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A new report published last week, A-List of Climate Policy Engagement, scored a number of prominent businesses in relation to corporate climate policy. IKEA, Tesla and Unilever in addition to the likes of technology giant, Apple, are said to rank among the very top.

Regarding the technology sector, Amazon and Microsoft were also included in the report. However, Microsoft was said to narrowly miss the A-List due to  a  particularly  “strong  network  of  powerful  cross-­‐sector  trade   groups  opposing  climate  policy,  like  the  US  Chamber,  which  Apple  has  publicly  denounced  on  climate”.

To  qualify,  a  company  must  display leadership in their sector, which includes explicit and ambitious climate policy and engagement. Like with the case of Microsoft, a notable criteria for downgrading is company linkage to associations and lobbyists opposed to climate policy.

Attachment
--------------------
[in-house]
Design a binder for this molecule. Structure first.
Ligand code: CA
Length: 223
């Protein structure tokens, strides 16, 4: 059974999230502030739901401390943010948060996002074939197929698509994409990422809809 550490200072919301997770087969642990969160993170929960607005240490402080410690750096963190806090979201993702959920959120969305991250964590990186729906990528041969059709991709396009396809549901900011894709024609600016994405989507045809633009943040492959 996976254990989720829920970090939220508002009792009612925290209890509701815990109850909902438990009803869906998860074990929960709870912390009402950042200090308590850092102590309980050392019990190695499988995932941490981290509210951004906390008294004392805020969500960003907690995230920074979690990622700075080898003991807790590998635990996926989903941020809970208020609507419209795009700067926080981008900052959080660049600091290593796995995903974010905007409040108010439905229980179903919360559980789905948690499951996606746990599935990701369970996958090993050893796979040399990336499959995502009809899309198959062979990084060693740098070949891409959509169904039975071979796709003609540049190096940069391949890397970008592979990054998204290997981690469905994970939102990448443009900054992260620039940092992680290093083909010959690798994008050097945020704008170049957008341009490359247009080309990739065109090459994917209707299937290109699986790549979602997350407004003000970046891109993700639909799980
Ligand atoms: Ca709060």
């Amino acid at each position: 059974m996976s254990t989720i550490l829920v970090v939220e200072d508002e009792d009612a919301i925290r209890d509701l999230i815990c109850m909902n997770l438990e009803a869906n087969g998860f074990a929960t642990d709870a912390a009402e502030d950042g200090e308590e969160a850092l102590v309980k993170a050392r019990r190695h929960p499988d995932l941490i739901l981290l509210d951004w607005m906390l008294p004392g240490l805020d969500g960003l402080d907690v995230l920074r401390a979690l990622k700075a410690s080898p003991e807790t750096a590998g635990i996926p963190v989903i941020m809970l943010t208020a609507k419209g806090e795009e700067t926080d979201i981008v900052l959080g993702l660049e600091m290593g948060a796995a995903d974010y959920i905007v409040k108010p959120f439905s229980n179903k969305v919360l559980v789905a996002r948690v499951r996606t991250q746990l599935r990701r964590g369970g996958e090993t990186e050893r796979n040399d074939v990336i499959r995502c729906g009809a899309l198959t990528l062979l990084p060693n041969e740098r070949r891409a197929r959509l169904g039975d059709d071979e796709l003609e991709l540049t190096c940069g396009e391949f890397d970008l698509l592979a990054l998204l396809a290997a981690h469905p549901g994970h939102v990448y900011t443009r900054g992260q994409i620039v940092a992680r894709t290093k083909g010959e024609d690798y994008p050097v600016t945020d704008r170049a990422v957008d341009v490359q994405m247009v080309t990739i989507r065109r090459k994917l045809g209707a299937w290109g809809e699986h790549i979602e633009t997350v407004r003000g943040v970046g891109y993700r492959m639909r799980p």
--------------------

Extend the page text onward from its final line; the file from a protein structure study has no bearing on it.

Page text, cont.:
The  evidence  consists  mostly  of  direct  disclosures  from  the  companies  themselves  or  from  their  trade   associations  (which  are  individually  assessed  in  the  same  manner  as  the  companies).    It  includes  inputs  into   regulatory  consultations,  comments  on  policy  in  financial  filings,  transcripts  of  CEO  and  senior  management   messaging  in  various  contexts,  as  well  as  objective  news  reporting  from  legitimate  media.

Surprisingly, Coca-Cola, Nestle and SSE also made the A-List, citing strong climate policy commitments.

Read more.

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